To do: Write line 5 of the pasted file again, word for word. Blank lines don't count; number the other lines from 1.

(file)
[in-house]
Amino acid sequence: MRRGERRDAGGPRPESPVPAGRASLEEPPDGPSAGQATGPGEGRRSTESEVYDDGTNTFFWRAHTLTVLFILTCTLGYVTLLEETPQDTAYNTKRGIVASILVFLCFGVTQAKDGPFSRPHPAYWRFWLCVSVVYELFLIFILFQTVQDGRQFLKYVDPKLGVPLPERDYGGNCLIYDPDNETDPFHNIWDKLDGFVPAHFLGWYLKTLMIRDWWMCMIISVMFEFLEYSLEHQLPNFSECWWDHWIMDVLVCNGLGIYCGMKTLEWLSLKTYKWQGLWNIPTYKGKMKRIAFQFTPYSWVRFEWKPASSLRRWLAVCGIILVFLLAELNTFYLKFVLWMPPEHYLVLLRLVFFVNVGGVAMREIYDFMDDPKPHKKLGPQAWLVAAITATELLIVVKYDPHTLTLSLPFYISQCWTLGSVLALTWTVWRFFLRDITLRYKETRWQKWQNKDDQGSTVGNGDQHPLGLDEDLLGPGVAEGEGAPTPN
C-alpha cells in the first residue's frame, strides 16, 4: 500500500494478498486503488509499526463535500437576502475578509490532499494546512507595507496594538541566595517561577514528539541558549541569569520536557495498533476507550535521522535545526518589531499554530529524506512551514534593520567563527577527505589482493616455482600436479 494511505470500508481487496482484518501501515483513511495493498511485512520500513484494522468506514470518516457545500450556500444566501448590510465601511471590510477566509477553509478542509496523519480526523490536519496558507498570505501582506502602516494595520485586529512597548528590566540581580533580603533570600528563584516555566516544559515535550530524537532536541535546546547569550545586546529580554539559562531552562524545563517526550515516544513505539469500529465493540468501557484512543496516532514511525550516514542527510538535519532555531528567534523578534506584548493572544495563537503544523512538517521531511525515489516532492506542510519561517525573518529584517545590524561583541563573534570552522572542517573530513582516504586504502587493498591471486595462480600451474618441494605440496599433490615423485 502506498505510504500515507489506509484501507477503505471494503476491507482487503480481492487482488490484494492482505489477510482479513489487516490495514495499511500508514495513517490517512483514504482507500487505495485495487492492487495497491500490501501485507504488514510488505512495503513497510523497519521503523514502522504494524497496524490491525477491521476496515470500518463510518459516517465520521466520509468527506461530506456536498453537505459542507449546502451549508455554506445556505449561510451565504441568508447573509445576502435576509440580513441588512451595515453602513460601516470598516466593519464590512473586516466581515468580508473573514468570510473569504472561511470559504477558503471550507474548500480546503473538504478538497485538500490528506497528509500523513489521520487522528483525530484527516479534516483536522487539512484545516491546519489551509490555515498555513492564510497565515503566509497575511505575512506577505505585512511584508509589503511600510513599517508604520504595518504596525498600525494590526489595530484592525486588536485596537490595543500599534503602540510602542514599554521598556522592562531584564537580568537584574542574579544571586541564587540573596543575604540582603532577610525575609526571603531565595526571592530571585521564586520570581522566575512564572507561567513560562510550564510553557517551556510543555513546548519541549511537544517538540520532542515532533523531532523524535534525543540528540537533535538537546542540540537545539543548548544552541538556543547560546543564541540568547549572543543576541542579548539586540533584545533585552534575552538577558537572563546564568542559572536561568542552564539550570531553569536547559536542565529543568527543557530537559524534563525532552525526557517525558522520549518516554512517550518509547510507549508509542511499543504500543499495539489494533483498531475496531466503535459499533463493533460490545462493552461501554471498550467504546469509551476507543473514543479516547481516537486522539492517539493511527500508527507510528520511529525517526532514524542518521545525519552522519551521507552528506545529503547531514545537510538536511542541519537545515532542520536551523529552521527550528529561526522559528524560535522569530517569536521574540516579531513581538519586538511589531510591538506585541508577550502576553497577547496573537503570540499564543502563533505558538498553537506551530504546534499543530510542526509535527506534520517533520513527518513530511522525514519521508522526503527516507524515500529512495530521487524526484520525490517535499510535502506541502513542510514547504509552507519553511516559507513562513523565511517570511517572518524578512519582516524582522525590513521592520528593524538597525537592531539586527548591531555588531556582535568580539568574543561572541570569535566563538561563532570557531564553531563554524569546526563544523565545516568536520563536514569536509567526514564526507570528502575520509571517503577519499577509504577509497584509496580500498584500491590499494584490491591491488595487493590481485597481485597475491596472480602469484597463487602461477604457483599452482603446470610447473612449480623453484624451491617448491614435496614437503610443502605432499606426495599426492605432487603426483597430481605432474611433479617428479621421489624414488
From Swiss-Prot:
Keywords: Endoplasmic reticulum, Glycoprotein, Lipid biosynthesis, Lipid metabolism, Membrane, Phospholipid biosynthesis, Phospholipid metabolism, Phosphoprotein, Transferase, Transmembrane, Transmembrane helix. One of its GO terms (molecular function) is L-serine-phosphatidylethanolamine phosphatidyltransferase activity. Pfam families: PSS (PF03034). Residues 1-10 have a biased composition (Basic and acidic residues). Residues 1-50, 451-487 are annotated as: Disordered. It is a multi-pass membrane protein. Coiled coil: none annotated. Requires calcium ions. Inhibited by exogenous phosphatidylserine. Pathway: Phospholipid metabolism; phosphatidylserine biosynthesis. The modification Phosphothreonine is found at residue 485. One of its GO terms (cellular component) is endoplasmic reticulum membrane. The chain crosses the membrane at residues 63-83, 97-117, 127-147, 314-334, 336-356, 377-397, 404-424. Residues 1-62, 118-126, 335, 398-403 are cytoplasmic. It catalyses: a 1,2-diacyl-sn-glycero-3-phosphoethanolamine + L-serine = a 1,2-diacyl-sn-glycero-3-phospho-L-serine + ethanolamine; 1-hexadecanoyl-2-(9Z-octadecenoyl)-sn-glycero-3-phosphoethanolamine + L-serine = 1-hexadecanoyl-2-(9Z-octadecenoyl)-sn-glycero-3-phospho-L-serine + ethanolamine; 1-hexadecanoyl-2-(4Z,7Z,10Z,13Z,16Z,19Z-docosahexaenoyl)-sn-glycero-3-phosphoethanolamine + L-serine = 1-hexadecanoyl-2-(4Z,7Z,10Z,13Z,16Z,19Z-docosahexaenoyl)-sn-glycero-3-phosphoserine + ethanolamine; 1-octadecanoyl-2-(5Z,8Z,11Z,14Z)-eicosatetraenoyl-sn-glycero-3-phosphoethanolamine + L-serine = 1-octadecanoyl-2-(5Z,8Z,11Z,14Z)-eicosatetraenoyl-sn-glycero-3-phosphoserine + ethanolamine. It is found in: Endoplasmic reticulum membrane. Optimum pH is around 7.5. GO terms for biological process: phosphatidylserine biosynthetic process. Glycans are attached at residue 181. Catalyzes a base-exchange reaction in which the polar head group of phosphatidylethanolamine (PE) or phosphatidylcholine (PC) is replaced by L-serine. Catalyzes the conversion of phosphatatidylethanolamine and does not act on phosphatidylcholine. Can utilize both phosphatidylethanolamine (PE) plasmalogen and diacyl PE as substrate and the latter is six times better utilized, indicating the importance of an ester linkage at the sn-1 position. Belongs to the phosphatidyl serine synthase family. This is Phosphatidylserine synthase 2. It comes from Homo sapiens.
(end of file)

Keywords: Endoplasmic reticulum, Glycoprotein, Lipid biosynthesis, Lipid metabolism, Membrane, Phospholipid biosynthesis, Phospholipid metabolism, Phosphoprotein, Transferase, Transmembrane, Transmembrane helix. One of its GO terms (molecular function) is L-serine-phosphatidylethanolamine phosphatidyltransferase activity. Pfam families: PSS (PF03034). Residues 1-10 have a biased composition (Basic and acidic residues). Residues 1-50, 451-487 are annotated as: Disordered. It is a multi-pass membrane protein. Coiled coil: none annotated. Requires calcium ions. Inhibited by exogenous phosphatidylserine. Pathway: Phospholipid metabolism; phosphatidylserine biosynthesis. The modification Phosphothreonine is found at residue 485. One of its GO terms (cellular component) is endoplasmic reticulum membrane. The chain crosses the membrane at residues 63-83, 97-117, 127-147, 314-334, 336-356, 377-397, 404-424. Residues 1-62, 118-126, 335, 398-403 are cytoplasmic. It catalyses: a 1,2-diacyl-sn-glycero-3-phosphoethanolamine + L-serine = a 1,2-diacyl-sn-glycero-3-phospho-L-serine + ethanolamine; 1-hexadecanoyl-2-(9Z-octadecenoyl)-sn-glycero-3-phosphoethanolamine + L-serine = 1-hexadecanoyl-2-(9Z-octadecenoyl)-sn-glycero-3-phospho-L-serine + ethanolamine; 1-hexadecanoyl-2-(4Z,7Z,10Z,13Z,16Z,19Z-docosahexaenoyl)-sn-glycero-3-phosphoethanolamine + L-serine = 1-hexadecanoyl-2-(4Z,7Z,10Z,13Z,16Z,19Z-docosahexaenoyl)-sn-glycero-3-phosphoserine + ethanolamine; 1-octadecanoyl-2-(5Z,8Z,11Z,14Z)-eicosatetraenoyl-sn-glycero-3-phosphoethanolamine + L-serine = 1-octadecanoyl-2-(5Z,8Z,11Z,14Z)-eicosatetraenoyl-sn-glycero-3-phosphoserine + ethanolamine. It is found in: Endoplasmic reticulum membrane. Optimum pH is around 7.5. GO terms for biological process: phosphatidylserine biosynthetic process. Glycans are attached at residue 181. Catalyzes a base-exchange reaction in which the polar head group of phosphatidylethanolamine (PE) or phosphatidylcholine (PC) is replaced by L-serine. Catalyzes the conversion of phosphatatidylethanolamine and does not act on phosphatidylcholine. Can utilize both phosphatidylethanolamine (PE) plasmalogen and diacyl PE as substrate and the latter is six times better utilized, indicating the importance of an ester linkage at the sn-1 position. Belongs to the phosphatidyl serine synthase family. This is Phosphatidylserine synthase 2. It comes from Homo sapiens.